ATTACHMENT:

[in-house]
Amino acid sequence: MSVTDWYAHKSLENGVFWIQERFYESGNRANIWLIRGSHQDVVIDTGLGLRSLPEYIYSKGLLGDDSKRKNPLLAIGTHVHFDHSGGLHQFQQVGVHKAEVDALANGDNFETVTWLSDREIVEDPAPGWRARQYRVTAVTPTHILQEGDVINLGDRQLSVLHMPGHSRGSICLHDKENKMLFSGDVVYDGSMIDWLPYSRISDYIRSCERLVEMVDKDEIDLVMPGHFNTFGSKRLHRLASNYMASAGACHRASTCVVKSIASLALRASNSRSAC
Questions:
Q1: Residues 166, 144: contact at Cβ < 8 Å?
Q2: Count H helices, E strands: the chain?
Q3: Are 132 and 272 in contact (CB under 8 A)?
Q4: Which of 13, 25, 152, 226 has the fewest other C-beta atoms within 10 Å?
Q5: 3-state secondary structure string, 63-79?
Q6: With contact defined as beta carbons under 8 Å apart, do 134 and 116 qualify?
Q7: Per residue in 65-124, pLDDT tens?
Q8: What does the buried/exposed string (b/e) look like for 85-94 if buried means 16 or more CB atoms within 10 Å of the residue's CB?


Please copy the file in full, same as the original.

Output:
[in-house]
Amino acid sequence: MSVTDWYAHKSLENGVFWIQERFYESGNRANIWLIRGSHQDVVIDTGLGLRSLPEYIYSKGLLGDDSKRKNPLLAIGTHVHFDHSGGLHQFQQVGVHKAEVDALANGDNFETVTWLSDREIVEDPAPGWRARQYRVTAVTPTHILQEGDVINLGDRQLSVLHMPGHSRGSICLHDKENKMLFSGDVVYDGSMIDWLPYSRISDYIRSCERLVEMVDKDEIDLVMPGHFNTFGSKRLHRLASNYMASAGACHRASTCVVKSIASLALRASNSRSAC
Questions:
Q1: Residues 166, 144: contact at Cβ < 8 Å?
Q2: Count H helices, E strands: the chain?
Q3: Are 132 and 272 in contact (CB under 8 A)?
Q4: Which of 13, 25, 152, 226 has the fewest other C-beta atoms within 10 Å?
Q5: 3-state secondary structure string, 63-79?
Q6: With contact defined as beta carbons under 8 Å apart, do 134 and 116 qualify?
Q7: Per residue in 65-124, pLDDT tens?
Q8: What does the buried/exposed string (b/e) look like for 85-94 if buried means 16 or more CB atoms within 10 Å of the residue's CB?